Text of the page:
Photography is dead. That news may come as a surprise, since obituaries about art tend to be written about painting. Invented in the 1830s, photo-graphy is still in its infancy as an art form compared to the centuries-old medium of painting. Despite inventions like portable paint tubes and fast-drying acrylic, painting has not undergone the transformations that digitalization is bringing to the medium of photography.
Of course, I’m speaking about the death of film photography. Happy to save on the cost of film and the time taken to develop it, consumers embraced digitalization with such gusto that a whole industry is dying. – Jennifer Allen
Water and air. So very commonplace are these substances, they hardly attract attention―and yet they vouchsafe our very existence. The beginnings of life are shrouded in myth: Let there water and air. Living phenomena spontaneously generated from water and air in the presence of light, though that could just as easily suggest random coincidence as a Deity. Let’s just say that there happened to be a planet with water and air in our solar system, and moreover at precisely the right distance from the sun for the temperatures required to coax forth life. While hardly inconceivable that at least one such planet should exist in the vast reaches of universe, we search in vain for another similar example. Mystery of mysteries, water and air are right there before us in the sea. Every time I view the sea, I feel a calming sense of security, as if visiting my ancestral home; I embark on a voyage of seeing. – Hiroshi Sugimoto
in Sassen’s exhibition, the interplay between style and genre becomes something both conceptual and downright physical. Thus the formal galleries help to immediately assert what the exhibition text refers to a ‘museuological touch’ to Sassen’s depiction of a ‘fleeting fashion world’ – Annie Goodner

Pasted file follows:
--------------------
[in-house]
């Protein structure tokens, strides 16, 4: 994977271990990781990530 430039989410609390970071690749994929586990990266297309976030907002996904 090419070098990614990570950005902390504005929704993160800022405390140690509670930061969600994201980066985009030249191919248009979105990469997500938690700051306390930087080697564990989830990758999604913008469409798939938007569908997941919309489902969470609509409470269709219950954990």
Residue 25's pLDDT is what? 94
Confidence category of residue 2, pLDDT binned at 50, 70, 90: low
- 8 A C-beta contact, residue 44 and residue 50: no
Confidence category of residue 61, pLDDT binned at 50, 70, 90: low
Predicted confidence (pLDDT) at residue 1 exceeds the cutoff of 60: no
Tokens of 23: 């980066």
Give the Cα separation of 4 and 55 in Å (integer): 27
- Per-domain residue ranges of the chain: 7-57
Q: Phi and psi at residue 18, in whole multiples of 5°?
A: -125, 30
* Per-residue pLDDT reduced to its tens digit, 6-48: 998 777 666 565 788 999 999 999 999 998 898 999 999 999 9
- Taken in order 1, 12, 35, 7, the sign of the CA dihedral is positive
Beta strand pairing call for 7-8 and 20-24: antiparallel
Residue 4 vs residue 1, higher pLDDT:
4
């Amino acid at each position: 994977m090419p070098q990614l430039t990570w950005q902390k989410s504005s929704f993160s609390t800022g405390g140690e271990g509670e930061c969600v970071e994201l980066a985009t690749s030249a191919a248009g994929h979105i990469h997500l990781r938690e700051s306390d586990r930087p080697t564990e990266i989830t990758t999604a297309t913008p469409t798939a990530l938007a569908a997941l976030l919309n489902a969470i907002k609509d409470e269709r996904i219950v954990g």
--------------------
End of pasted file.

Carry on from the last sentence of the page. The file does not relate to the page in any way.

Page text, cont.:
In a not-so-secluded, but unforgiving room on the fourth floor of the San Francisco Museum of Modern Art, three of David Claerbout’s videos formed a claustrophobic horseshoe of exuberance and brutality – Eugenia Bell
I have visited a strange and beautiful place, a land containing creatures and locations that are fantastical but somehow familiar. A negative world. A landscape unknown. So close, but as yet undiscovered.
While some people may think that most of their local landscapes have been discovered and photographed ad-nauseum, I have sought out the landscapes of my imagination. However, these are not photoshop creations but real places. Illuminating the dark spaces beneath rocks and trees by viewing them in negative I have unearthed a landscape previously unknown to me. What you see in them is only limited by your imagination. This journey is ongoing.
Maciek Jasik is doing a soulful chromatically art defacing photography. See more of his artworks here.
“In reality however, every ego, so far from being a unity is in the highest degree a manifold world, a constellated heaven, a chaos of forms, of states and stages, of inheritances and potentialities. It appears to be a necessity as imperative as eating and breathing for everyone to be forced to regard this chaos as a unity and to speak of his ego as though it were a one-fold and clearly detached and fixed phenomenon. Even the best of us shares the delusion.”